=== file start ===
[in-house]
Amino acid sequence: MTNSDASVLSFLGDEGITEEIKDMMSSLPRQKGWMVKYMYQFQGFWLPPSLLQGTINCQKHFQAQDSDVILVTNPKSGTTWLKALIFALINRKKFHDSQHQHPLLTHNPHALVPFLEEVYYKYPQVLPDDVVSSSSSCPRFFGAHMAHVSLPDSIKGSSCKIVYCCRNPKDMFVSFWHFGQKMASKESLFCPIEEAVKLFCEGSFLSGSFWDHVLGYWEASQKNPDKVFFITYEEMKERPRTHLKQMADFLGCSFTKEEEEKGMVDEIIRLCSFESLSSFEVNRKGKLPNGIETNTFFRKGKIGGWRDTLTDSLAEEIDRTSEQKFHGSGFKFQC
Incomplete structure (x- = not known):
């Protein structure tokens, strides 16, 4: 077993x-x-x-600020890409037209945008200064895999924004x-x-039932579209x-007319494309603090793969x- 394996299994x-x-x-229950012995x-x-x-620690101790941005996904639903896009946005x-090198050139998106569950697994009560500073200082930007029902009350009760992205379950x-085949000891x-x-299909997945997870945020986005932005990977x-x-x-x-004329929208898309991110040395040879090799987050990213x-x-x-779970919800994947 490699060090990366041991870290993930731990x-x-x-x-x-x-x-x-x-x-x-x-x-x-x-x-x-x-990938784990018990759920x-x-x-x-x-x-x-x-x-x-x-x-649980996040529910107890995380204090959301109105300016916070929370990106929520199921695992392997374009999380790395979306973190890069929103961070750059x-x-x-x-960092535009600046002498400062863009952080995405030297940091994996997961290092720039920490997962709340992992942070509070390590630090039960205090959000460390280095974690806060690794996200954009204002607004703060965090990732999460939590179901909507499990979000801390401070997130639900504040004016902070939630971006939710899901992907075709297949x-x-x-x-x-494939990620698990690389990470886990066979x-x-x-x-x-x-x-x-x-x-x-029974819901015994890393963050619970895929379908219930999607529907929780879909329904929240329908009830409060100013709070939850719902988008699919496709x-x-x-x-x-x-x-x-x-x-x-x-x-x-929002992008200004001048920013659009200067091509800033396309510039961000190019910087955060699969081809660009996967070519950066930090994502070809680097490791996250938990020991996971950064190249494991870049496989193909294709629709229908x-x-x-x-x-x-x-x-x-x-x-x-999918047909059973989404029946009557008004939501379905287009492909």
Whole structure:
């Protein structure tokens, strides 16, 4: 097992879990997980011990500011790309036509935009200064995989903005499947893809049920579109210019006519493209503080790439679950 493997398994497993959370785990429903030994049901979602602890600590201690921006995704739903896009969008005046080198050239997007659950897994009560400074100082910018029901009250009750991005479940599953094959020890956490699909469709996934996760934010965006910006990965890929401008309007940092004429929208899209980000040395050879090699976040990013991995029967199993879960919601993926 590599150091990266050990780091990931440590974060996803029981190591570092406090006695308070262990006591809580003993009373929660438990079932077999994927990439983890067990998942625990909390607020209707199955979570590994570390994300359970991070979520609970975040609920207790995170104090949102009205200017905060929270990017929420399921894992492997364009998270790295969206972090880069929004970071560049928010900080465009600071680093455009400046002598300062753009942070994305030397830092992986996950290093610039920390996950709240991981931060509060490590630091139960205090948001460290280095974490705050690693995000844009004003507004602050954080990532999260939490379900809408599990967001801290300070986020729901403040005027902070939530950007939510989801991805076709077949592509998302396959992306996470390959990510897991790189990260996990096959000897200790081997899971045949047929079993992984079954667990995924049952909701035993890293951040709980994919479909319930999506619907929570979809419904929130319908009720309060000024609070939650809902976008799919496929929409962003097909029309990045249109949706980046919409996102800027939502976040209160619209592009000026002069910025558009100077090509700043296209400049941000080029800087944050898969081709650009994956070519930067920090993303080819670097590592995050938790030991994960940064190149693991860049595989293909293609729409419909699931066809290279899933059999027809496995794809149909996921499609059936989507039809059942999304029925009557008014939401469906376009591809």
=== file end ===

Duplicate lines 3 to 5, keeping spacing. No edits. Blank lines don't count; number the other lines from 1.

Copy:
Incomplete structure (x- = not known):
């Protein structure tokens, strides 16, 4: 077993x-x-x-600020890409037209945008200064895999924004x-x-039932579209x-007319494309603090793969x- 394996299994x-x-x-229950012995x-x-x-620690101790941005996904639903896009946005x-090198050139998106569950697994009560500073200082930007029902009350009760992205379950x-085949000891x-x-299909997945997870945020986005932005990977x-x-x-x-004329929208898309991110040395040879090799987050990213x-x-x-779970919800994947 490699060090990366041991870290993930731990x-x-x-x-x-x-x-x-x-x-x-x-x-x-x-x-x-x-990938784990018990759920x-x-x-x-x-x-x-x-x-x-x-x-649980996040529910107890995380204090959301109105300016916070929370990106929520199921695992392997374009999380790395979306973190890069929103961070750059x-x-x-x-960092535009600046002498400062863009952080995405030297940091994996997961290092720039920490997962709340992992942070509070390590630090039960205090959000460390280095974690806060690794996200954009204002607004703060965090990732999460939590179901909507499990979000801390401070997130639900504040004016902070939630971006939710899901992907075709297949x-x-x-x-x-494939990620698990690389990470886990066979x-x-x-x-x-x-x-x-x-x-x-029974819901015994890393963050619970895929379908219930999607529907929780879909329904929240329908009830409060100013709070939850719902988008699919496709x-x-x-x-x-x-x-x-x-x-x-x-x-x-929002992008200004001048920013659009200067091509800033396309510039961000190019910087955060699969081809660009996967070519950066930090994502070809680097490791996250938990020991996971950064190249494991870049496989193909294709629709229908x-x-x-x-x-x-x-x-x-x-x-x-999918047909059973989404029946009557008004939501379905287009492909």
Whole structure: